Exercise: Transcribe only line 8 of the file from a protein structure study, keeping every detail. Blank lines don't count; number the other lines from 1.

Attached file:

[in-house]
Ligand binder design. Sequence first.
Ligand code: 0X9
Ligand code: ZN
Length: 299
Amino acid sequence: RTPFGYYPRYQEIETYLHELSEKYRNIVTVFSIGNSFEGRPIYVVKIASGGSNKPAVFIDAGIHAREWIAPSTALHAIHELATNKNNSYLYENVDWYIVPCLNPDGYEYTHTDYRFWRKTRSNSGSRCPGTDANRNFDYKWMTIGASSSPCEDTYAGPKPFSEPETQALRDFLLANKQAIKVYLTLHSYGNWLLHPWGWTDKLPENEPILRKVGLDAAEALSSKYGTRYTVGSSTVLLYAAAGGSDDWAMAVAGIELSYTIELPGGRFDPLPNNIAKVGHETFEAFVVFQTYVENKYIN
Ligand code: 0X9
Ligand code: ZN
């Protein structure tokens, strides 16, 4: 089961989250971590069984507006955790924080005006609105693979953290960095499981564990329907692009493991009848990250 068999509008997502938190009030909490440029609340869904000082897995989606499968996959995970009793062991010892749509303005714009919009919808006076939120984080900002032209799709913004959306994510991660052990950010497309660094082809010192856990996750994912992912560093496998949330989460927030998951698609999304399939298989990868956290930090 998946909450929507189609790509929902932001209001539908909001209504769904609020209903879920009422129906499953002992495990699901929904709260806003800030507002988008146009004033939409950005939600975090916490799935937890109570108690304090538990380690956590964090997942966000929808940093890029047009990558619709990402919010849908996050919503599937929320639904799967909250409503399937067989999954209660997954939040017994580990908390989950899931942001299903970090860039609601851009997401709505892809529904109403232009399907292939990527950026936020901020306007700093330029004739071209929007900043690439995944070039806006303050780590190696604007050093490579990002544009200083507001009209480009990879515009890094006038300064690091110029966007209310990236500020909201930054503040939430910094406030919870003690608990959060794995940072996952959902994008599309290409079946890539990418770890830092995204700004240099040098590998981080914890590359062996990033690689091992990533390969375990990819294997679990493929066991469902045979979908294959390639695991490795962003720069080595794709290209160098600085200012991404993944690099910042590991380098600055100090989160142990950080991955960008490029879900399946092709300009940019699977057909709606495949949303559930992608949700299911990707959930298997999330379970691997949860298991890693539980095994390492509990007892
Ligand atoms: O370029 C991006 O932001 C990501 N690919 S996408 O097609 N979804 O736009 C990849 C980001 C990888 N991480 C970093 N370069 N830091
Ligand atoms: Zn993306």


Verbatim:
Ligand code: ZN